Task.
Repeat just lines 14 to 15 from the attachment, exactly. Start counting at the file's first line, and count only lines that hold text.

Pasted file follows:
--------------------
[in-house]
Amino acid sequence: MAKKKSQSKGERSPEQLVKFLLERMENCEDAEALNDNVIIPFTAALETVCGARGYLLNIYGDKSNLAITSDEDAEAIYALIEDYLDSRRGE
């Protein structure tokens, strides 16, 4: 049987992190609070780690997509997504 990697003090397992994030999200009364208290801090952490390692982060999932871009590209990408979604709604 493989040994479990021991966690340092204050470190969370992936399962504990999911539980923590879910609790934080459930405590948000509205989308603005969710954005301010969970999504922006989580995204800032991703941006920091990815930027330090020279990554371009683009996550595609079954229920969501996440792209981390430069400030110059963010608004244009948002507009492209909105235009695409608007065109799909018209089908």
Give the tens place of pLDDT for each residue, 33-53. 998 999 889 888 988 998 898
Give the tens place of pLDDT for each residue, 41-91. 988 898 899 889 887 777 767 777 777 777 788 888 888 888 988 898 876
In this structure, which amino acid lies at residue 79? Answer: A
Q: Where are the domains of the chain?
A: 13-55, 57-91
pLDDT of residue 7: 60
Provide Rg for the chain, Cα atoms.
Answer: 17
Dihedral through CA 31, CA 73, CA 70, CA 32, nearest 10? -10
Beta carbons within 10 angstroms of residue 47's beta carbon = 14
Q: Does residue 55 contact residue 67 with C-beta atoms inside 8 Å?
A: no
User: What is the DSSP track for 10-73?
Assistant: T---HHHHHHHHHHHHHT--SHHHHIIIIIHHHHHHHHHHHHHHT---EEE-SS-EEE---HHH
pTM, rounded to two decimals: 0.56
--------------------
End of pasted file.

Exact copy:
Q: Does residue 55 contact residue 67 with C-beta atoms inside 8 Å?
A: no